This is my first blog and I enjoy writing each and every post immensely. I started a walking regimen in 2011 and decided to create a blog as a means of memorializing the people, places and things I see on my daily walks. I have always enjoyed people watching, and so my blog is peppered with folks I meet, or reflections of characters I have known through the years. Often something piques my interest, or evokes a pleasant memory from my memory bank, so this becomes a “slice o’ life” blog post that day. I respect and appreciate nature and my interaction with Mother Nature’s gifts is also a common theme. Sometimes the most-ordinary items become fodder for points to ponder over and touch upon. My career has been in the legal field and I have been a legal secretary for four decades, primarily working in downtown Detroit, and now working from my home. I graduated from Wayne State University with a degree in print journalism in 1978, though I’ve never worked in that field. I like to think this blog is the writer in me finally emerging!! Walking and writing have met and shaken hands and the creative juices are flowing once again in Walkin’, Writin’, Wit & Whimsy – hope you think so too. - Linda Schaub
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48 Responses to Baby Blue Jays!

  1. Michael says:

    How pretty are they. Ive heard of sports teams plenty but never actually seen one.

    Liked by 1 person

    • Linda Schaub says:

      Yes, they are beautiful and smart birds Michael. It is funny to watch them blitz by a squirrel or eat alongside one just because they want a peanut. The Toronto Blue Jays made the news lately as Canada would not let them play in their home field and have U.S. ballplayers going to Canada, or them traveling to the U.S. for away games – can’t blame them for that. Canada has one of the lowest and enviable COVID-19 stats while the U.S. stats, as you know, are off the charts.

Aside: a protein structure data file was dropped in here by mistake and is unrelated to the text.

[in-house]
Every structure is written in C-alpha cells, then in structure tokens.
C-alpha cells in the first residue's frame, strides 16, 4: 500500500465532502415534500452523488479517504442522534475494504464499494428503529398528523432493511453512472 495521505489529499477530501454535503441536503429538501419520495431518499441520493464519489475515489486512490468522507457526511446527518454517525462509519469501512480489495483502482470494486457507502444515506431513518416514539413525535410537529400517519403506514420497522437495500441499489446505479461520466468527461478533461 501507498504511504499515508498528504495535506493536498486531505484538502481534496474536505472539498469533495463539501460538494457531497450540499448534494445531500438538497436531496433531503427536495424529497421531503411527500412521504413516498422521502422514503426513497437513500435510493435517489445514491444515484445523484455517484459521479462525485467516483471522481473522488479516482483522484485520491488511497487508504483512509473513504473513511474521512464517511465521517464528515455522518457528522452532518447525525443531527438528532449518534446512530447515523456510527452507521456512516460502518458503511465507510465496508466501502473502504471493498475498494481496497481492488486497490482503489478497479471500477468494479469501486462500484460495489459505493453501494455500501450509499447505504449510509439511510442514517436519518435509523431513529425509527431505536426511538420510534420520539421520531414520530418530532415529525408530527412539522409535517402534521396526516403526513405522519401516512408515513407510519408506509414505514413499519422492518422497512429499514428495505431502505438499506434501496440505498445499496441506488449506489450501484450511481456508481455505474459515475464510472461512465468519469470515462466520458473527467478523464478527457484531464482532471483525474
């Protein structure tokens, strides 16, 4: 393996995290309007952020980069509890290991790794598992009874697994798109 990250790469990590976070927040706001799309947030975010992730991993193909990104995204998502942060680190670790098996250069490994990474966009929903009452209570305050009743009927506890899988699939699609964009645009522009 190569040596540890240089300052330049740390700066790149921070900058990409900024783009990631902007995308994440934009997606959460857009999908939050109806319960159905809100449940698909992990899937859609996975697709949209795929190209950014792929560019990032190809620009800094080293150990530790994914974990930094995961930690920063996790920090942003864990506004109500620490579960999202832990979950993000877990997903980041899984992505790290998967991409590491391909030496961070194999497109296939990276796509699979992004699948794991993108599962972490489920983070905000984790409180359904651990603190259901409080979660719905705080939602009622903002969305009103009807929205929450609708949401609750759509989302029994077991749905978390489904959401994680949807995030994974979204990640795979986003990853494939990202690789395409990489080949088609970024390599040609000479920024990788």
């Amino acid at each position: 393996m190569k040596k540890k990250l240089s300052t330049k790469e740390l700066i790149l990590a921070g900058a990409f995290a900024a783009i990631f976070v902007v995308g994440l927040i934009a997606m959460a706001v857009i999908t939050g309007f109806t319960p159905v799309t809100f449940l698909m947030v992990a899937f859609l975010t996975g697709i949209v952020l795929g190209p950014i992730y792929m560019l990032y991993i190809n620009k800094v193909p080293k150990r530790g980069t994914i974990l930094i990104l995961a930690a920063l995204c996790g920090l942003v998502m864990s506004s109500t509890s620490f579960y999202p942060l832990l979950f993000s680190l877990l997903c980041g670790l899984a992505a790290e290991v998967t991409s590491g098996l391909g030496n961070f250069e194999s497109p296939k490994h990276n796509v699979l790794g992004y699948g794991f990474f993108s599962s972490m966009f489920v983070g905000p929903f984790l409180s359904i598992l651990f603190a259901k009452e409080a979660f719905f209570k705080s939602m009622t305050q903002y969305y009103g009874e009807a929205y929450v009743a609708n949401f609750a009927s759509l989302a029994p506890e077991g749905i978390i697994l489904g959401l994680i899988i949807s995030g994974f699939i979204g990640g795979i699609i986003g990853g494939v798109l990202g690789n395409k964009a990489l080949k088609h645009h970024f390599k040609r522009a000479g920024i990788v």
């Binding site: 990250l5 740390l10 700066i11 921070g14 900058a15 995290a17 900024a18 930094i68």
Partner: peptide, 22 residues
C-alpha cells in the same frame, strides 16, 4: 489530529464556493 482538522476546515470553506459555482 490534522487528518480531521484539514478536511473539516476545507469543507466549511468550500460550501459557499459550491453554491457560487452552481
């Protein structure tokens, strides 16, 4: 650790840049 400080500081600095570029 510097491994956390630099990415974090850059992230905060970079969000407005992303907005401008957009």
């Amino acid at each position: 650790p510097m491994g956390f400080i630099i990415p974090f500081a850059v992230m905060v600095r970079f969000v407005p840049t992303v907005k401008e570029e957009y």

Liked by 1 person

  2. Sandra J says:

    I have never seen baby blues, 🙂 so cute. They learned how to get the food. 🙂 great post Linda.

    Liked by 1 person

    • Linda Schaub says:

      They were so cute – they were not sleek like their parents are and still a little fluffy with their feathers. Once they got the hang of getting peanuts, they beat a path back and forth from path to treetop. I guess Mama Jay approved. 🙂 Glad you liked this post Sandra.

      Liked by 1 person

  3. Delightful! What a fun post!

    Liked by 2 people

  4. Jinjer says:

    Oh! Oh! Oh! I wish I would see some baby Blue Jays! I see plenty of adults but no babies. Didn’t know they like a peanut. I’ll buy them some next time I go grocery shopping. Love your pictures and descriptions of what was happening.

    Liked by 2 people

    • Linda Schaub says:

      Jinjer – this is the first time I’ve ever seen baby Blue Jays and I am at this Park a lot and have been going there since 2013. They were still a little floofy looking with their feathers … usually Jays are so sleek and wily … these little guys were timid and well … just plain cute. They love peanuts in the shell and will swoop down to get them from the path. I had lots of Cardinals swooping down or following behind me (they’re more timid than Jays), but this Park was closed for the month of May due to COVID-19 and when it re-opened, the Cardinals are no longer around which is a real shame.